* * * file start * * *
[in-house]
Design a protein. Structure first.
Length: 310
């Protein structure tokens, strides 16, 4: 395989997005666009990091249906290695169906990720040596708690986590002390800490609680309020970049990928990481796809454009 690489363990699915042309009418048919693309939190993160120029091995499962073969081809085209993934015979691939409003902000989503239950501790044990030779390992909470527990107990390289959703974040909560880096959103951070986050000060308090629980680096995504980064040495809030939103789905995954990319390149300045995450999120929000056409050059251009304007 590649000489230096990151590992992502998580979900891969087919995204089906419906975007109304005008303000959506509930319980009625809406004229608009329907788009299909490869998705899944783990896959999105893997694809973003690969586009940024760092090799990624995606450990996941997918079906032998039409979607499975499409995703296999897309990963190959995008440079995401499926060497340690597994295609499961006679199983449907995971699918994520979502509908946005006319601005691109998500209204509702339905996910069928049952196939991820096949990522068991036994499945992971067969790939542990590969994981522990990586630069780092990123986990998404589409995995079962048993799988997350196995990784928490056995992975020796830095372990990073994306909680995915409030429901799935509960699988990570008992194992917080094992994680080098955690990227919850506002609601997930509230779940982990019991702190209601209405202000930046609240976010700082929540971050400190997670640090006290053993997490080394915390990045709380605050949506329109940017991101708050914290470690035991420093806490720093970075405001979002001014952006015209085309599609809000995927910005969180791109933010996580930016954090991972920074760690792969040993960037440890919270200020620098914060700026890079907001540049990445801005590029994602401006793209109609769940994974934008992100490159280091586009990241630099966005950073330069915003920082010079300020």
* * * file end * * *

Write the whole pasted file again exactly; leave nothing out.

[in-house]
Design a protein. Structure first.
Length: 310
């Protein structure tokens, strides 16, 4: 395989997005666009990091249906290695169906990720040596708690986590002390800490609680309020970049990928990481796809454009 690489363990699915042309009418048919693309939190993160120029091995499962073969081809085209993934015979691939409003902000989503239950501790044990030779390992909470527990107990390289959703974040909560880096959103951070986050000060308090629980680096995504980064040495809030939103789905995954990319390149300045995450999120929000056409050059251009304007 590649000489230096990151590992992502998580979900891969087919995204089906419906975007109304005008303000959506509930319980009625809406004229608009329907788009299909490869998705899944783990896959999105893997694809973003690969586009940024760092090799990624995606450990996941997918079906032998039409979607499975499409995703296999897309990963190959995008440079995401499926060497340690597994295609499961006679199983449907995971699918994520979502509908946005006319601005691109998500209204509702339905996910069928049952196939991820096949990522068991036994499945992971067969790939542990590969994981522990990586630069780092990123986990998404589409995995079962048993799988997350196995990784928490056995992975020796830095372990990073994306909680995915409030429901799935509960699988990570008992194992917080094992994680080098955690990227919850506002609601997930509230779940982990019991702190209601209405202000930046609240976010700082929540971050400190997670640090006290053993997490080394915390990045709380605050949506329109940017991101708050914290470690035991420093806490720093970075405001979002001014952006015209085309599609809000995927910005969180791109933010996580930016954090991972920074760690792969040993960037440890919270200020620098914060700026890079907001540049990445801005590029994602401006793209109609769940994974934008992100490159280091586009990241630099966005950073330069915003920082010079300020």